Government borrowings from banking system, including the central bank, nearly doubled to Tk 319.72 billion in six months to December 15 over the same period a year before, as resource mobilisation contracted.
The net amount is approximately 63-percent higher than the past corresponding period's borrowings from banks, official data show, giving economists to believe that the scale of borrowing may go up due to higher development spending in months ahead.
During its corresponding period a year earlier the figure was Tk 196.36 billion.
The government's annual borrowing target from the banking system is over Tk 1.0 trillion.
The government borrowing has been surged mainly due to the fall in the net sales of the national savings certificates coinciding with a drop in funds from external sources.
A senior central banker told the FE that the borrowing remained much lower than its annual target.
The official, familiar with government debts, said, "We don't know what will happen in the coming months…."
But he said the banking sector has liquidity shortages. "Money is adequate outside the bank but the banking sector remained tight."
Economists said Tuesday most of the government borrowings came from the central bank which actually created additional 'high-powered money' in the economy.
"To my knowledge, most money in government borrowings came from the central bank," says Dr Ahsan H. Mansur, executive director of the Policy Research Institute of Bangladesh or PRI.
He notes that money circulation fuels inflation in the economy. On the other hand, borrowing from other than banks creates crowding-out effect as the private borrowers do not get funds for the investment or business expansion.
However, Dr Mansur predicts the borrowing will jump higher after expediting implementation of the annual development programme, which traditionally goes into top gear towards final months in fiscal year in Bangladesh.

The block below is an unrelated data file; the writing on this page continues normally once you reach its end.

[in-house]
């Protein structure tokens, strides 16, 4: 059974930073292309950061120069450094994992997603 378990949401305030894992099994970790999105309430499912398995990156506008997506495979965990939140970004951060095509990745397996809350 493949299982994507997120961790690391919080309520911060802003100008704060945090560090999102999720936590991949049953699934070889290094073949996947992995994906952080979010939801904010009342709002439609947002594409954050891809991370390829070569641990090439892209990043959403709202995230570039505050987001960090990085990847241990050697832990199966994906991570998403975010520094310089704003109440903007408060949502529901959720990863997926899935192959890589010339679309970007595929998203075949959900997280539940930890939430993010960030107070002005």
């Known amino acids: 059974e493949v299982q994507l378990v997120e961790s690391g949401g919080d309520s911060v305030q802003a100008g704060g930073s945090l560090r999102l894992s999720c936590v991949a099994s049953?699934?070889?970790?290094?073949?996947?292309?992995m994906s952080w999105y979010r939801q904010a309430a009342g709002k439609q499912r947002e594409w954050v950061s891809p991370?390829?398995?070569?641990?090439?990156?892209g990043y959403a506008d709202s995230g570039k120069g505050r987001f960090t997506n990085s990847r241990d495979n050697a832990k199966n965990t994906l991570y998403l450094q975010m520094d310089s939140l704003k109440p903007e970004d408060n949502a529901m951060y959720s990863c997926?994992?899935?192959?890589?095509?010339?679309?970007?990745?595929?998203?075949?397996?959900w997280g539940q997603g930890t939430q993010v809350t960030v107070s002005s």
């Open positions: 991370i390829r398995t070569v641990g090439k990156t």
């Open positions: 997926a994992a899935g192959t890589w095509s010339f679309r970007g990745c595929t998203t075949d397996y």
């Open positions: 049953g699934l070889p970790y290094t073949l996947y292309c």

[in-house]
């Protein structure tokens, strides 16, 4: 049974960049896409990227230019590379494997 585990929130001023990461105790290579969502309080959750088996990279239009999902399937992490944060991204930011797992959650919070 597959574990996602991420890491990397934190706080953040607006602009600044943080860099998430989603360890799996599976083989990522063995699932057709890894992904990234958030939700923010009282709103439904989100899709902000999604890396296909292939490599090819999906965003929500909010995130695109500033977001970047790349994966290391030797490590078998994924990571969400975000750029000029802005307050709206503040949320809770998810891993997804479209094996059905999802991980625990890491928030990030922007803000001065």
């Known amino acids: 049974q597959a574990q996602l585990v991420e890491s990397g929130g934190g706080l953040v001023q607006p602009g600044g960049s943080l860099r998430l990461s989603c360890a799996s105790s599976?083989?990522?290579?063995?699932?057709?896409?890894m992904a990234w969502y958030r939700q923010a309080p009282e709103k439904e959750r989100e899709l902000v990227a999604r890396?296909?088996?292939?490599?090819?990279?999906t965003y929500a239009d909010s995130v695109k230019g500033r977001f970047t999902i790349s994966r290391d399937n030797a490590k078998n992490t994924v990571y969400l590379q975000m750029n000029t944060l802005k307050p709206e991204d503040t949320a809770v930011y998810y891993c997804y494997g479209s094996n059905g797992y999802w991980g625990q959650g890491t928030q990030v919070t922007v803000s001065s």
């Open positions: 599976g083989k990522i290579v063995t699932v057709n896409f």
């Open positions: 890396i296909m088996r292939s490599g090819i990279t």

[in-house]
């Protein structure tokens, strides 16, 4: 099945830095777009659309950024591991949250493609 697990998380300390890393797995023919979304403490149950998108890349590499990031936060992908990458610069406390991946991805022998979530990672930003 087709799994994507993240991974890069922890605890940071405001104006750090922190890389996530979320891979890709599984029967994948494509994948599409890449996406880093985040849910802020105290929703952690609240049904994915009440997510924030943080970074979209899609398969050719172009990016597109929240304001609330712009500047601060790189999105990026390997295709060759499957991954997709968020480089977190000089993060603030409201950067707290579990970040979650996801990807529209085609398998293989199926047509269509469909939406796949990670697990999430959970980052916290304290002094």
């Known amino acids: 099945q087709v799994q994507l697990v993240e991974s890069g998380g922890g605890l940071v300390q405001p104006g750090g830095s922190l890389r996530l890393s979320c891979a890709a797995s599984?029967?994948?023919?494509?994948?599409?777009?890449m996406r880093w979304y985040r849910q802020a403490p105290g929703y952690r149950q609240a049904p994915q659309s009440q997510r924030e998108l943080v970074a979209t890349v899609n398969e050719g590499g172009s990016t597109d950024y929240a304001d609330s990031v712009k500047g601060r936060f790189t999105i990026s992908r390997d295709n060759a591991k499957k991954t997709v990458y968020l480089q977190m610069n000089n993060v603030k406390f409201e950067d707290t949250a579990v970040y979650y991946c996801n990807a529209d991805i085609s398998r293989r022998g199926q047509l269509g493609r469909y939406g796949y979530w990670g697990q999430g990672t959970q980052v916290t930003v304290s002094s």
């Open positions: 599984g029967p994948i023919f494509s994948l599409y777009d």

Dr M. Masrur Reaz, chairman at the Policy Exchange of Bangladesh, told the FE that this is most likely due to the slow growth in resource mobilisation.
"Between July and November import LCs were down by about 50 per cent, leading to lower trade taxes and VAT at import," Dr Masrur notes.
Also, some government projects have been slowed or spending reduced, leading to lower VAT from one of the largest sources.
"Government will have to be cautious about the pace and extent of their bank borrowing," Dr Masrur says.
"Of course, private-sector credit should ideally be lower next couple of quarters due to inflation containment which makes the issue of crowding out private sector less relevant."
Dr Masrur feels that higher public borrowings may lead to greater public spending than optimum from an inflation-containment perspective. "Hence, borrowing needs to be judicious."
However, net outstanding position of government borrowing from the banking sector (including BB) is Tk 3.022 trillion while the net outstanding position of government borrowing from Bangladesh Bank Tk 1.048 trillion.
The government tax mobilisation during the July-October of the fiscal year was Tk 909.17 billion or up 14.19 per cent.
Investment in national savings certificates has dropped during the first five months of the year. The net investment was negative at Tk 16.10 billion.